Sumati looked out through her grimy kitchen window. Paint peeling off the buildings, moss-covered roofs; laundry fluttering in the breeze, met her unseeing eyes. Here and there a window was open, its shutters pulled to one side – blank testimony to the woman who stood and gazed at them.
How many years had she stood staring at this very scene?
Maybe twenty, she surmised. Whatever, it was a long time, a very long time. Too long and a big waste to spend your life looking out at descript old buildings, she chided herself. Then again that little snapshot was hers and she felt an odd kinship with it. She knew every window, every balcony. She knew when another piece of plaster fell of any building exposing the bricks within. She even knew if the people changed in the houses by the laundry they hung out.
She shifted a bit as perspiration ran in rivulets down her back. Behind her the TV was on – some politician was giving a speech in Delhi, his voice droning on and on and giving her a headache. For the life of her she couldn’t understand why her husband sat transfixed. Maybe that is why they called it the idiot box.
“What happened to my chai?” queried his petulant voice.
Silence greeted his query; she continued staring out of the window. The crows were flying low over the rooftops. The sky was ominous and pregnant with low grey clouds.
Hmmm, she thought distractedly, rain again I had better get in the washing.
A drop of hot water splashed on her hand from the boiling pot on the stove. Instinctively she jerked it away and used her saree pallu to dab at it.
“Arre! Are you getting my tea or not?” his voice rose in irritation.
She turned around measuredly to look at him. He sat on the leather couch with his back to her, slouched down on its inflexible surface. Even though she could only see his bald head, she knew exactly what he was wearing; his loose white cotton pajamas which he bought every two years from P.N. Varajkar on Girgaum Road and his once white cotton vest (only from VIP and only the ones with half sleeves). Seriously, why did he even make the effort to say something, when she knew exactly what he was going to say even before he said it. Her sister called it being married for so long, she called it being boring. Well she had better get him his tea or his next words would be: Can’t you even get a cup of chai ready in time?” She turned back to the stove, her hand reaching out to the bottle of tea leaves on the counter.
“Why do you keep staring out of that window, what do you see there?”
She stopped, her body rigid with shock. She cast a sideways glance at him; was he actually interested in what she was looking at?
He had broken his pattern, but why today, she wondered? Even as she opened her mouth to answer, she heard him announce sweepingly… “All a stupid waste of time, nothing there but some people throwing rubbish out of their windows. If it stops you from doing your work, maybe I should just cover it up.”
Sumati almost choked on the bile that rose up in her throat. Her hands shook so much that she held on tightly to the counter to steady herself. She turned around with a sharp retort on her lips but she saw that he had already turned away and lost interest in her. Maybe it was better that he stuck to a pattern; at least that way he left her alone. How could he even think of boarding up her window? There was a kitchen knife lying on the counter beside her. She silently picked it up and hefted it in her hand, it felt good. Cold and powerful. She deliberately looked over at him and then at the knife in her hand. He wasn’t even looking at her. Maybe she could just walk over and stick it into the back of his neck even as he sat there.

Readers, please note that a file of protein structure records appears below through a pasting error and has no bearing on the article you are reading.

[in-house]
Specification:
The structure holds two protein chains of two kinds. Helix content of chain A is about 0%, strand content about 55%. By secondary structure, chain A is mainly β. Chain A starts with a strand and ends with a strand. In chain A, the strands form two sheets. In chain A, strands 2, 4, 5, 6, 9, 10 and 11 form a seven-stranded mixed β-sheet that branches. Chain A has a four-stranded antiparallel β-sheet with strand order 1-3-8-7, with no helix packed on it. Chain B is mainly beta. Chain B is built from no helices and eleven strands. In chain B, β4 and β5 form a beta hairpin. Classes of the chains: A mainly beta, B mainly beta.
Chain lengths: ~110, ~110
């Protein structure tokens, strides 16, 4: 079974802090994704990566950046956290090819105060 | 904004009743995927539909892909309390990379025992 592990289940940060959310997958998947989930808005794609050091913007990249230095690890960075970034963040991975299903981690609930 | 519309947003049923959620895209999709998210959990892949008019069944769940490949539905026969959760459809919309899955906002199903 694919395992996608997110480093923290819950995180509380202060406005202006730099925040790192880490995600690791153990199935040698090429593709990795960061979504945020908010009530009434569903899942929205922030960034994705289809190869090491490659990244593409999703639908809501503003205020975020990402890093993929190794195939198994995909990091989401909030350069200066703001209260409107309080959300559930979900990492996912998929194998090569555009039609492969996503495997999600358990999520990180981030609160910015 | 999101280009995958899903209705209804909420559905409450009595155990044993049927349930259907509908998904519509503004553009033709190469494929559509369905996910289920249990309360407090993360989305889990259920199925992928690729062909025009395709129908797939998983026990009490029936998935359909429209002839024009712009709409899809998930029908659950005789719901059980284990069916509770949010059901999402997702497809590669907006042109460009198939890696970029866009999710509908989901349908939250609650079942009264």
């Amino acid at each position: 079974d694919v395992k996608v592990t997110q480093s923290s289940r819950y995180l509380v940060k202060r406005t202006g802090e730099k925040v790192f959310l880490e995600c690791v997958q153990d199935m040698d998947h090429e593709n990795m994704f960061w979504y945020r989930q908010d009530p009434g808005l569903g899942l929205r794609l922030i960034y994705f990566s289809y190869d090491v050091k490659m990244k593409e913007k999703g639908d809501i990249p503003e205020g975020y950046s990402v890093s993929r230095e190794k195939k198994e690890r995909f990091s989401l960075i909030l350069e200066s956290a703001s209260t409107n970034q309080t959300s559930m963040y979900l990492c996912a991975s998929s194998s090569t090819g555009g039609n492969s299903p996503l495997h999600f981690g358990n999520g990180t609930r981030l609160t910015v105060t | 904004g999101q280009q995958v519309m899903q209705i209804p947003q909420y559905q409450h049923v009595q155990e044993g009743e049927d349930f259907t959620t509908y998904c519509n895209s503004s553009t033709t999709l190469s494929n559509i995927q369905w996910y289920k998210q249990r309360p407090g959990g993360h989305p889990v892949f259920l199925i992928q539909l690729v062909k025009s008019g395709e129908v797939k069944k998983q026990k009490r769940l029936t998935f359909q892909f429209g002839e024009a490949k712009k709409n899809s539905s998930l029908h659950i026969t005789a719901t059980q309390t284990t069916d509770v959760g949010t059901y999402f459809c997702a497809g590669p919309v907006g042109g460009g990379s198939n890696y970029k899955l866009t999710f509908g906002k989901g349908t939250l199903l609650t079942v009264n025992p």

Would I be able to do it? she wondered.
Then he said something that helped her make up her mind.
“Seriously Sumati, your brain must have got frozen, standing there for twenty years looking out of the same window. That too at the backs of some dirty old buildings. That window takes up too much of your time, it will make you mad one day.”
A strange feral sound escaped her lips. She shook her head vigorously from side to side as if to get rid of some disturbing thoughts. She was leaning against the kitchen counter now, staring at him.
She hated him, she just hated him with his bald head and a few strands pulled over to the other side in a pathetic attempt to hide it. She hated the way he spoke to her, she hated the way he dressed, she hated the way he talked, the way he ate his food. She took a deep breath… but that was her and she could handle it. But he could not talk about her window like that. With an anguished cry she ran over to the couch and stuck the knife in to his chest as deep as it could go. His eyes questioned her… “Why?” even as they slowly glassed over. She drew it out carefully and then pushed it back in; into the stomach this time, again and again. Until he could breathe no more. Sumati laughed great big guffaws from deep within.
She was free! Free! Free! He could not touch her again.
She leaned back on her heels, surprised at how easy it had been.
“Where is my tea?”
Was she imagining it? A spear of lightning lit up the sky, shaking her out of her reverie.
He still sat there on the couch, demanding his cup of tea.
She turned around and walked over to him, her hand wrapped carefully in her pallu by her side. He looked up as she sat down beside him and then she turned to him and smiled.
Each and every person has a dark side and MX Steele says that is what she wants to talk about and bring out into the open. Not for her the sunny characters who skip through life but her inspiration is Darth Vadar.